What's for Breakfast?

Why is cereal so sweet? she asks, before giving readers a recipe for savory granola

Happy Monday! What’s for breakfast?

I would love to find a “history of cereal” book, and if you know of good one, do let me know. Because I am always very curious about “how we got here” — where “here,” in this case, is a cereal aisle in the grocery store that is simply overflowing with boxes of colorful, sugary carbohydrates. As I noted in the my essay on the history of granola, breakfast cereals can be traced to the nineteenth century wellness movement — a movement that largely eschewed sugar — and early commercial products like Corn Flakes and Grape Nuts — weren’t particularly sweet. (Thanks to Wikipedia, I can tell you that the first cereal marketed to children was introduced in 1939 — sugar-coated puffed rice, sound familiar?)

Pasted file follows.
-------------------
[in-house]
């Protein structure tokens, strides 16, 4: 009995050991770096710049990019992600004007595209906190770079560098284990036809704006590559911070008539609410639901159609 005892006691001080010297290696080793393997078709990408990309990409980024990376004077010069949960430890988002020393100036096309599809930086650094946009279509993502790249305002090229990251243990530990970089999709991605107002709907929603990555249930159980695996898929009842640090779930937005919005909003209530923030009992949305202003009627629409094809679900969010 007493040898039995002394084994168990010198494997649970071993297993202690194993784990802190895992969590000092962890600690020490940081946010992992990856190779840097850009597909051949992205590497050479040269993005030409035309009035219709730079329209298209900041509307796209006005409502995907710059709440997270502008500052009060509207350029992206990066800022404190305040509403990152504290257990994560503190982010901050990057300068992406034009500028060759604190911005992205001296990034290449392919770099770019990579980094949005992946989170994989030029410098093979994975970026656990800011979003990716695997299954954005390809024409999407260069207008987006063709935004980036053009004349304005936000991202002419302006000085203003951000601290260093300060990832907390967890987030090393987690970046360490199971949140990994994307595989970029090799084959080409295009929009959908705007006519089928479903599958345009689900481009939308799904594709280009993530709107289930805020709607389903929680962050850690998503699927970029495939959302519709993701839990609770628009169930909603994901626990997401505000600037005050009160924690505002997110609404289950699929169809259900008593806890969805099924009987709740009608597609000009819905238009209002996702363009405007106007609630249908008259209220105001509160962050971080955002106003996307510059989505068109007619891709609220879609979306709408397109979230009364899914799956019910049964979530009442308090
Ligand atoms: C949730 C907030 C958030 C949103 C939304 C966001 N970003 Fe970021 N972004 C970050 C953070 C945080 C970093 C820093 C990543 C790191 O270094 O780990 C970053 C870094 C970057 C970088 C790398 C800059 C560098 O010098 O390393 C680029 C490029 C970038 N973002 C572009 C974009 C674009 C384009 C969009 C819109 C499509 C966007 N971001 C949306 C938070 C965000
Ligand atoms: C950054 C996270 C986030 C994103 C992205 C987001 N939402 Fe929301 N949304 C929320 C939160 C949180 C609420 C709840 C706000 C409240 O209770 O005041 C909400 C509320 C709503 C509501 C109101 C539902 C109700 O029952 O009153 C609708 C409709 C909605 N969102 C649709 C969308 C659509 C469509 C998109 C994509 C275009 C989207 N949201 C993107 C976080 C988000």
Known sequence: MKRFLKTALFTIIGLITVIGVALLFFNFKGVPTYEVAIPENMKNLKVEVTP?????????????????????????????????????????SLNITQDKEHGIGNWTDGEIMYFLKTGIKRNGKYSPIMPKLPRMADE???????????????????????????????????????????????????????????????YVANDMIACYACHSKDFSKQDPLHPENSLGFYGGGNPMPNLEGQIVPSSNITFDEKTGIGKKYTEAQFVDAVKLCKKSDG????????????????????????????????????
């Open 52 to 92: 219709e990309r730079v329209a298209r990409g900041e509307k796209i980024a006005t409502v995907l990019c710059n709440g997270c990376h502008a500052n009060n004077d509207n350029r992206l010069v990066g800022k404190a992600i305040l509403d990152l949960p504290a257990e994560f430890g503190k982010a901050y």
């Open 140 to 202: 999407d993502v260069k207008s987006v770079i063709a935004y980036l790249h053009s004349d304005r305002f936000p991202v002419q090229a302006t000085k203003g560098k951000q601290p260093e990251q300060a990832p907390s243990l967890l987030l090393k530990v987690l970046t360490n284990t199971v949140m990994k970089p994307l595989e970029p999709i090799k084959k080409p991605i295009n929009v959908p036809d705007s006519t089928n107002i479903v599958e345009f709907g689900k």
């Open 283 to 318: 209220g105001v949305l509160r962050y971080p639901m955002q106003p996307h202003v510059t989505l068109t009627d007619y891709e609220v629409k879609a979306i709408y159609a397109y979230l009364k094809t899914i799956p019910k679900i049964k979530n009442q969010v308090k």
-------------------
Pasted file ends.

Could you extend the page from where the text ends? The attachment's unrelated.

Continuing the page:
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I’ll have more to say about cereal in this week’s essay — how the cereal industry is coping with some of the prevailing “wellness” narratives of our day, namely “carbs are bad,” a variation of / corollary to “sugar is bad.”